Outside environmental groups began using Schumer’s numbers in their own pitches for the reconciliation bill. But there are significant unresolved differences in how the House and Senate plan to treat tax credits and a host of other issues, even if Manchin ultimately supports the CEPP.
Observers also said it was unclear how, exactly, Schumer’s office got those numbers, which were put together into a pie chart showing the effect of each policy. The numbers were put together before legislative text for the reconciliation package was publicly available.
“In the absence of bill text, I don’t know what you’re scoring,” said Rep. Sean Casten (D-Ill.), a member of the Select Committee on the Climate Crisis.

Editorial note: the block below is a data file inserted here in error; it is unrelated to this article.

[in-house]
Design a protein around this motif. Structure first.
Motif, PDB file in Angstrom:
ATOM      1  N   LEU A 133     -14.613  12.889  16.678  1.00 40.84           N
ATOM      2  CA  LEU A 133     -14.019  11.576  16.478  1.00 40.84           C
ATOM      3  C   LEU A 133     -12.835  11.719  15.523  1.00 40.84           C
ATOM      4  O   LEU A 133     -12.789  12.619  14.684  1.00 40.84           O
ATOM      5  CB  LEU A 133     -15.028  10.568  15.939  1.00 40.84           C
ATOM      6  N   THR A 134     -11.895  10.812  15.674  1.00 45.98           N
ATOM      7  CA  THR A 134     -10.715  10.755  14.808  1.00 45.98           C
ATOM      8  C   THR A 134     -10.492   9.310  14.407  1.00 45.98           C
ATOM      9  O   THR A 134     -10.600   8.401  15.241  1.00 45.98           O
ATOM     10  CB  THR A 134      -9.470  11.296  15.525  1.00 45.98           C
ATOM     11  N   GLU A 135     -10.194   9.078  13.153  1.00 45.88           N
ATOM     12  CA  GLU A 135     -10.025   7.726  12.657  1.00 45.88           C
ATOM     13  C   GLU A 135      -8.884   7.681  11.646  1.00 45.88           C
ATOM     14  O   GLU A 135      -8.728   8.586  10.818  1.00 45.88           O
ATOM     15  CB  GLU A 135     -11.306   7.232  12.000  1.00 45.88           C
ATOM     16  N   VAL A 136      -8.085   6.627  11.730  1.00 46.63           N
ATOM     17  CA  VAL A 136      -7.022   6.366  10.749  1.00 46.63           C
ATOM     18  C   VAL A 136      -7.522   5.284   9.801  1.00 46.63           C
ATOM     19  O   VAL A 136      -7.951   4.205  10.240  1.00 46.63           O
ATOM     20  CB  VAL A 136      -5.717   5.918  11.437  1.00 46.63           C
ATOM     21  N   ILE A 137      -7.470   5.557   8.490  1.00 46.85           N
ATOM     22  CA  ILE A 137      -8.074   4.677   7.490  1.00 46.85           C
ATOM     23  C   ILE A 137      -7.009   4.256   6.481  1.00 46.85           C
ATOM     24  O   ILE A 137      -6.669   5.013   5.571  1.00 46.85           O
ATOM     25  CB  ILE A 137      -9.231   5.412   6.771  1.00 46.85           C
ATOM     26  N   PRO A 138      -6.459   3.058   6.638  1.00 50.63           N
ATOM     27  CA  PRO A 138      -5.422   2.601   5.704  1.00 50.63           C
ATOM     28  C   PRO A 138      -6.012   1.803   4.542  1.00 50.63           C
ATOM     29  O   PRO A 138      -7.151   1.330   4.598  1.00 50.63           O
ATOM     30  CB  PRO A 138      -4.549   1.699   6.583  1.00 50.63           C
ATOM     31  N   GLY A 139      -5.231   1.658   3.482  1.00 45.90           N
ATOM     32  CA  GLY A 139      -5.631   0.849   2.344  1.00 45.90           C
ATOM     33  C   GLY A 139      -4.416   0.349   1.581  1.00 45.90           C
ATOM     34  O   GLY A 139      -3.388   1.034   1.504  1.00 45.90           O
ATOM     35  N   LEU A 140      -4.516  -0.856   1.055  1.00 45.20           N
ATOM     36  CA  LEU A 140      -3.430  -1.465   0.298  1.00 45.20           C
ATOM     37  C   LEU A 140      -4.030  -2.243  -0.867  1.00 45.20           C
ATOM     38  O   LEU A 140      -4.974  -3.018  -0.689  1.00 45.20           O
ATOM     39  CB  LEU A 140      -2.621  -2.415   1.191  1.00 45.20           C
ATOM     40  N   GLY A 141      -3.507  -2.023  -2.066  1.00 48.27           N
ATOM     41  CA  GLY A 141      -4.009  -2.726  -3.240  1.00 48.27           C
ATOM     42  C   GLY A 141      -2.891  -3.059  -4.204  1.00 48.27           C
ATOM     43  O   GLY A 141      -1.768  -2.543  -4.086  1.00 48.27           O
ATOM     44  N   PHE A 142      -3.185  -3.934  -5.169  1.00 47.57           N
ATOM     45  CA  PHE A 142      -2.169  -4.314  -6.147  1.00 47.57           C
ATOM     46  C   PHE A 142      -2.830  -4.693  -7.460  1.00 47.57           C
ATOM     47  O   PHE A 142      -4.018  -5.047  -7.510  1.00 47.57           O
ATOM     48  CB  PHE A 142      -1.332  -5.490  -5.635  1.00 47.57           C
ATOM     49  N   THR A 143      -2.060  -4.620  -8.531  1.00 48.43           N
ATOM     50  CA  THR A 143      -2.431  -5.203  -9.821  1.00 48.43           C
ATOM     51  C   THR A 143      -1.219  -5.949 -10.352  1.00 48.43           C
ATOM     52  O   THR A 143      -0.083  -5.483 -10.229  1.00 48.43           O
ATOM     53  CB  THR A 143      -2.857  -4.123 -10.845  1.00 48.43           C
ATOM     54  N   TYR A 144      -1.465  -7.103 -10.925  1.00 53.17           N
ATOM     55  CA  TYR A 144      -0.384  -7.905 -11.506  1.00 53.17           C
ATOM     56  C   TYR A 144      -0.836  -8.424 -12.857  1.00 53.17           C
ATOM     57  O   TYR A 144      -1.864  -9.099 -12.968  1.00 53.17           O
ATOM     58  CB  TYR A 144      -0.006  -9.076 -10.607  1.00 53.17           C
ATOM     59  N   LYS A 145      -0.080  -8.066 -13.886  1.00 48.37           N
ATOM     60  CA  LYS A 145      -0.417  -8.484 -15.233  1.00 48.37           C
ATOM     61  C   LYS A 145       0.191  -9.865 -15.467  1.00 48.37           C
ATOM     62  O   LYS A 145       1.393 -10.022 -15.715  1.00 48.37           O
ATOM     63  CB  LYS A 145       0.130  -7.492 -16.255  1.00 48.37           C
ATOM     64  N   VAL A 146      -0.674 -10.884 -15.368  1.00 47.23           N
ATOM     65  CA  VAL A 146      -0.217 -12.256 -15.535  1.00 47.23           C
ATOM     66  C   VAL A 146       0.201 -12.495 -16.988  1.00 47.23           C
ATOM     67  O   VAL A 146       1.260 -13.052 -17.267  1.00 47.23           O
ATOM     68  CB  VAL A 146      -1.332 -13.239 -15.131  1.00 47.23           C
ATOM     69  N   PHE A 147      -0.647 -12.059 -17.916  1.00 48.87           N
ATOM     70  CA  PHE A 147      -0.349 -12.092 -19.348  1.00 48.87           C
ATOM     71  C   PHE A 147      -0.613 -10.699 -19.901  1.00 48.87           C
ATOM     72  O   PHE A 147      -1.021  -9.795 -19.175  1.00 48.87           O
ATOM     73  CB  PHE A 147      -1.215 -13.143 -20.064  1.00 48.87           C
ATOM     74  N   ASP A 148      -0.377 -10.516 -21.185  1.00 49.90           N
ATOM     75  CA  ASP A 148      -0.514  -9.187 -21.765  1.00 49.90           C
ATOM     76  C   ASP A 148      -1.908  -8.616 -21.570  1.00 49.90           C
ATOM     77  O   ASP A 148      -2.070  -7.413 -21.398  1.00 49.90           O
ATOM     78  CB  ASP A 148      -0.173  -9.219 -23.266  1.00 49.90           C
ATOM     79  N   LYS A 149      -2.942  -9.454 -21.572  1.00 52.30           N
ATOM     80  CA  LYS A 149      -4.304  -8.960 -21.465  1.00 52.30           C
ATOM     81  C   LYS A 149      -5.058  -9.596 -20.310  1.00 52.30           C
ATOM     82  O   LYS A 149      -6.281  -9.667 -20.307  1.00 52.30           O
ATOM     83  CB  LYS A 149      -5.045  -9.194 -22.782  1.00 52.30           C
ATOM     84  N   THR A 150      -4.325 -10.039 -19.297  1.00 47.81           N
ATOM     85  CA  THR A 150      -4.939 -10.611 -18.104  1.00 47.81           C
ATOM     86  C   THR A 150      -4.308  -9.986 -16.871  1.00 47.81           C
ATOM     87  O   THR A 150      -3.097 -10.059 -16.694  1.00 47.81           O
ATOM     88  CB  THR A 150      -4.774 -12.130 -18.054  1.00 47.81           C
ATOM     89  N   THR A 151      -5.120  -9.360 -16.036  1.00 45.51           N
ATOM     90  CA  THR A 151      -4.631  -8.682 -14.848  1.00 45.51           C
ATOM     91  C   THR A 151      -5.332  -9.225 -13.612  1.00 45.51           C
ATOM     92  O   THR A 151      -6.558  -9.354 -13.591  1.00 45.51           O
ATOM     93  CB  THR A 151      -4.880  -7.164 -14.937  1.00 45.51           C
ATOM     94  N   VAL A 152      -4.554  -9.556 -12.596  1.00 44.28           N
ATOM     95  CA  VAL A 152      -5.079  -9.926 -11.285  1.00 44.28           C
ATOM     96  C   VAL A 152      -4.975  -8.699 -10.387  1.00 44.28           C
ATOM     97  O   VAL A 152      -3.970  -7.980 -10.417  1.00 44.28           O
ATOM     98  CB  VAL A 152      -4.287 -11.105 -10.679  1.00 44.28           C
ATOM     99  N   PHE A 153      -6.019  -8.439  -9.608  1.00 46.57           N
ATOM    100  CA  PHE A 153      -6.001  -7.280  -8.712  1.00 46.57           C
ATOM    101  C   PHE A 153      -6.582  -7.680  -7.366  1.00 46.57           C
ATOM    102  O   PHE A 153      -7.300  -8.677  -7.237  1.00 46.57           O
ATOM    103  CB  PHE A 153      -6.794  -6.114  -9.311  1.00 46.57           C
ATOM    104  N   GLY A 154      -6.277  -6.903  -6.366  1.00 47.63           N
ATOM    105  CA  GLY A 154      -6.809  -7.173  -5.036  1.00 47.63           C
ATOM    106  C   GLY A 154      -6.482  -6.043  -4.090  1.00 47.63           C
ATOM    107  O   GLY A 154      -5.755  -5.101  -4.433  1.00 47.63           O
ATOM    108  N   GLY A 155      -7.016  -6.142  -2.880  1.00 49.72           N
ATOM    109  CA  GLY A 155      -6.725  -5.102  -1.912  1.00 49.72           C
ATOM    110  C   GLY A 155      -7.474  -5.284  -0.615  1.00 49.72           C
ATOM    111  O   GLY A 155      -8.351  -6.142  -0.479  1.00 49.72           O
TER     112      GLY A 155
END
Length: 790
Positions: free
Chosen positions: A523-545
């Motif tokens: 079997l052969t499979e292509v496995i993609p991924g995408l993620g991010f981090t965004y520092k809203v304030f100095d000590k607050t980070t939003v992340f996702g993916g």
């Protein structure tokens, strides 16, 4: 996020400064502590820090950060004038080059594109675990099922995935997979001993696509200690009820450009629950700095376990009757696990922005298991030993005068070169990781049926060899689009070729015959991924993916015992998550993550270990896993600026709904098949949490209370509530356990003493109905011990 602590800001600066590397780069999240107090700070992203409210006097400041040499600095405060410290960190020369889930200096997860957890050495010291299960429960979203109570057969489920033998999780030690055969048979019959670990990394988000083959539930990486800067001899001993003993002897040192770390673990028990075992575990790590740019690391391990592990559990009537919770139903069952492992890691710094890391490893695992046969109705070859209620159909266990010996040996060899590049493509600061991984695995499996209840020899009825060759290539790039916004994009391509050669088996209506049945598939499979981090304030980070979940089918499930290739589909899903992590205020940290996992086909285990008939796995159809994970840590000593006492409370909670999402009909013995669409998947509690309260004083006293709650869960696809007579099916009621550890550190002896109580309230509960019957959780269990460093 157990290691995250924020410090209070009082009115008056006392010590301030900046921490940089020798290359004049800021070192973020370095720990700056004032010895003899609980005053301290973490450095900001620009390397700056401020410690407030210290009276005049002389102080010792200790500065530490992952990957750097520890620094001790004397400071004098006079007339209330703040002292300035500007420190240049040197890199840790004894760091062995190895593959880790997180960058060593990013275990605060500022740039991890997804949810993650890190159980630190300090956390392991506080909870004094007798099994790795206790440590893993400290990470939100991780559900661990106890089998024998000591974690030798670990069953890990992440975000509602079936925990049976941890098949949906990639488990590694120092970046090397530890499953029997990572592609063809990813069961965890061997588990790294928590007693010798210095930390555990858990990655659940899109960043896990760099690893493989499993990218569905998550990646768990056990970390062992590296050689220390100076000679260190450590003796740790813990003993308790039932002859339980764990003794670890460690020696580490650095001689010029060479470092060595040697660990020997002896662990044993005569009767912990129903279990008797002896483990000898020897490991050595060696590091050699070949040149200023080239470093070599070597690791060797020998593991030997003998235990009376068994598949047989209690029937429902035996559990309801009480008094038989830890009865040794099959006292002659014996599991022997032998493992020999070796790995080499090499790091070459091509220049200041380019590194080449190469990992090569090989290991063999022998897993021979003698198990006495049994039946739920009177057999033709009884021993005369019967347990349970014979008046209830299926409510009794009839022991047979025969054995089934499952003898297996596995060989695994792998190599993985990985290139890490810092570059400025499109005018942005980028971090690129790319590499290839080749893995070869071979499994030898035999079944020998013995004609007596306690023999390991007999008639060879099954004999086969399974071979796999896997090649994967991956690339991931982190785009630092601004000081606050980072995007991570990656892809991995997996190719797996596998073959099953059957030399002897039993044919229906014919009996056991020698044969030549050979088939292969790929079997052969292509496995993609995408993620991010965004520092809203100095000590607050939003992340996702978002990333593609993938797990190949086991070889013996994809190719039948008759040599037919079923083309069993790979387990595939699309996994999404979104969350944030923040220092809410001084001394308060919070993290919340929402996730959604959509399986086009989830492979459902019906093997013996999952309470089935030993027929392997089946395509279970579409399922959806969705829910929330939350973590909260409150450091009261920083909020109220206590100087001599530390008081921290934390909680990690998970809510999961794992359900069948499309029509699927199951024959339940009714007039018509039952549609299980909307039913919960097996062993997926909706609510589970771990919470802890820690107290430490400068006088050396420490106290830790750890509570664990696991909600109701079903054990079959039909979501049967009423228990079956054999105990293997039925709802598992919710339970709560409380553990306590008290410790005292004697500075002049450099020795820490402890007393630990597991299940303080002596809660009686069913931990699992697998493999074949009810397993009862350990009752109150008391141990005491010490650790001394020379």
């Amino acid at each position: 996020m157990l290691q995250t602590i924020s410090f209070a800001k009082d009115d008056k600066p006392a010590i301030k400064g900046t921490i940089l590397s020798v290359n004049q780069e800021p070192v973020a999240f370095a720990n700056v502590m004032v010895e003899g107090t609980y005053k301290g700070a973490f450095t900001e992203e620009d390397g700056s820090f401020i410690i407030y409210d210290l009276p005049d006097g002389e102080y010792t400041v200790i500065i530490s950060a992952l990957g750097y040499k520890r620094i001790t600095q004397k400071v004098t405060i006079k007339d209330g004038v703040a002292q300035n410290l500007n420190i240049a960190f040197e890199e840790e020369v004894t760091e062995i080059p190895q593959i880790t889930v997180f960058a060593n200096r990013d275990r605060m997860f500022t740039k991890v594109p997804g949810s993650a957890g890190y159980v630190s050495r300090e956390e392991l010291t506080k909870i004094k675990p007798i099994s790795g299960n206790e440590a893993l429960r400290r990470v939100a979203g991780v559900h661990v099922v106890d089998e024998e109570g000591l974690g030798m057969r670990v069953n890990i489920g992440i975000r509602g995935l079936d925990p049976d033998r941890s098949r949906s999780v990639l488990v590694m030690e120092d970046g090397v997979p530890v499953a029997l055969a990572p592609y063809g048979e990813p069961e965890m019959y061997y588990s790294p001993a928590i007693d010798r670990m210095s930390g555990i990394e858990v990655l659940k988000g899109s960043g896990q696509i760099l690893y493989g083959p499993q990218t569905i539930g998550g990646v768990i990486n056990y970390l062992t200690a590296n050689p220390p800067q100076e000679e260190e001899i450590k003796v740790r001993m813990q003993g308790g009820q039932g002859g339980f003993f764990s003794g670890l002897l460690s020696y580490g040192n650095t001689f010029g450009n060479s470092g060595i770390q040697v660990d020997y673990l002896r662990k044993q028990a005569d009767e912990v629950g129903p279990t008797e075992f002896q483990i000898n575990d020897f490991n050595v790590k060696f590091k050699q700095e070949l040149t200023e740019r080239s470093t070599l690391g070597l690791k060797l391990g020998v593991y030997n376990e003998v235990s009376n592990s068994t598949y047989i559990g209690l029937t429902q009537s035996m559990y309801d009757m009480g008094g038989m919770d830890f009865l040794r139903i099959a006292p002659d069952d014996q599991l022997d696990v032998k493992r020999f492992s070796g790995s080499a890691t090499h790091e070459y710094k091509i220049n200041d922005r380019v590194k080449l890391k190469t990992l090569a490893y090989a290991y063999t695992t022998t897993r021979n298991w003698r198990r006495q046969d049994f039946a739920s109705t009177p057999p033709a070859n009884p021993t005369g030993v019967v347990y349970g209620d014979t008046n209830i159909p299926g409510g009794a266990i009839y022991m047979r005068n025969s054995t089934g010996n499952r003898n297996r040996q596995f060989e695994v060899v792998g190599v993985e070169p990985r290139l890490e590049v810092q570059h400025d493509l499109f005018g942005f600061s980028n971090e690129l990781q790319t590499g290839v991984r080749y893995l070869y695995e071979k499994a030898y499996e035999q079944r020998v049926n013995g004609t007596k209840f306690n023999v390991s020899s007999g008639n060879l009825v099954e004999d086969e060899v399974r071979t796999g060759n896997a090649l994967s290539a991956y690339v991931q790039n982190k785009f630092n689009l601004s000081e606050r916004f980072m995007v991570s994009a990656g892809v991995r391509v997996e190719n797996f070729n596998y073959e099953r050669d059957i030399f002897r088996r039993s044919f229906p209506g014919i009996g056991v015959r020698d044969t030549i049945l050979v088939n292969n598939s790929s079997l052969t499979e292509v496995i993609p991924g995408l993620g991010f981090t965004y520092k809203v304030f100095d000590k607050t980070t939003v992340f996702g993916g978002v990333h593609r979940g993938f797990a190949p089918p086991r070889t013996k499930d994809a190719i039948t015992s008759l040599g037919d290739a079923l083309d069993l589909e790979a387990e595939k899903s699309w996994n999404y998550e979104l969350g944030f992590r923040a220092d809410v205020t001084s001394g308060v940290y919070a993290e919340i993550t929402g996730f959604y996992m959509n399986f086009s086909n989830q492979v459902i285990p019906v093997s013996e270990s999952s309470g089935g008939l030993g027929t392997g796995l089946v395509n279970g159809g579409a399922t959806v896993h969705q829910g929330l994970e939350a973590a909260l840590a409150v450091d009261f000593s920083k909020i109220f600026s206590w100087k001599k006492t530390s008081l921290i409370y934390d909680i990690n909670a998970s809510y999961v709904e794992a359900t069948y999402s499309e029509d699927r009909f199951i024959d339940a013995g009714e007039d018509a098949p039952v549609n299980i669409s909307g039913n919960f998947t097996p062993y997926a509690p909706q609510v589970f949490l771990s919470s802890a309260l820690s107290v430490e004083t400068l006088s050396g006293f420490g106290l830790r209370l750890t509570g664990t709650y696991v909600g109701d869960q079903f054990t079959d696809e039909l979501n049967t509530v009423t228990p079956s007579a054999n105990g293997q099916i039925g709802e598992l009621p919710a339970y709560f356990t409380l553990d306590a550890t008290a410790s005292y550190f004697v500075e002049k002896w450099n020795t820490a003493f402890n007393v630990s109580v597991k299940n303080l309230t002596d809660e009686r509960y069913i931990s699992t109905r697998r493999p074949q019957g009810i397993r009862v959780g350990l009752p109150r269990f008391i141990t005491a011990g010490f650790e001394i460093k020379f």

When the select committee issued its sweeping climate policy report last year, it included modeling put together by Energy Innovation, a nonpartisan think tank. That report looked at how the different policy proposals would combine to reduce emissions. Among the subset of proposals the group looked at, it found the panel’s recommendations would reduce emissions 88% below 2010 levels by 2050.
“We had a whole host of clean energy tax incentives and [a clean electricity standard],” Casten said. “Each of those individually scored higher than both of them collectively for the obvious reason that if you set a CES in place that’s going to get you to zero carbon by year certain, then the benefit of a wind [production tax credit] becomes a little less every year because on the margin you’re displacing a steadily cleaner megawatt-hour.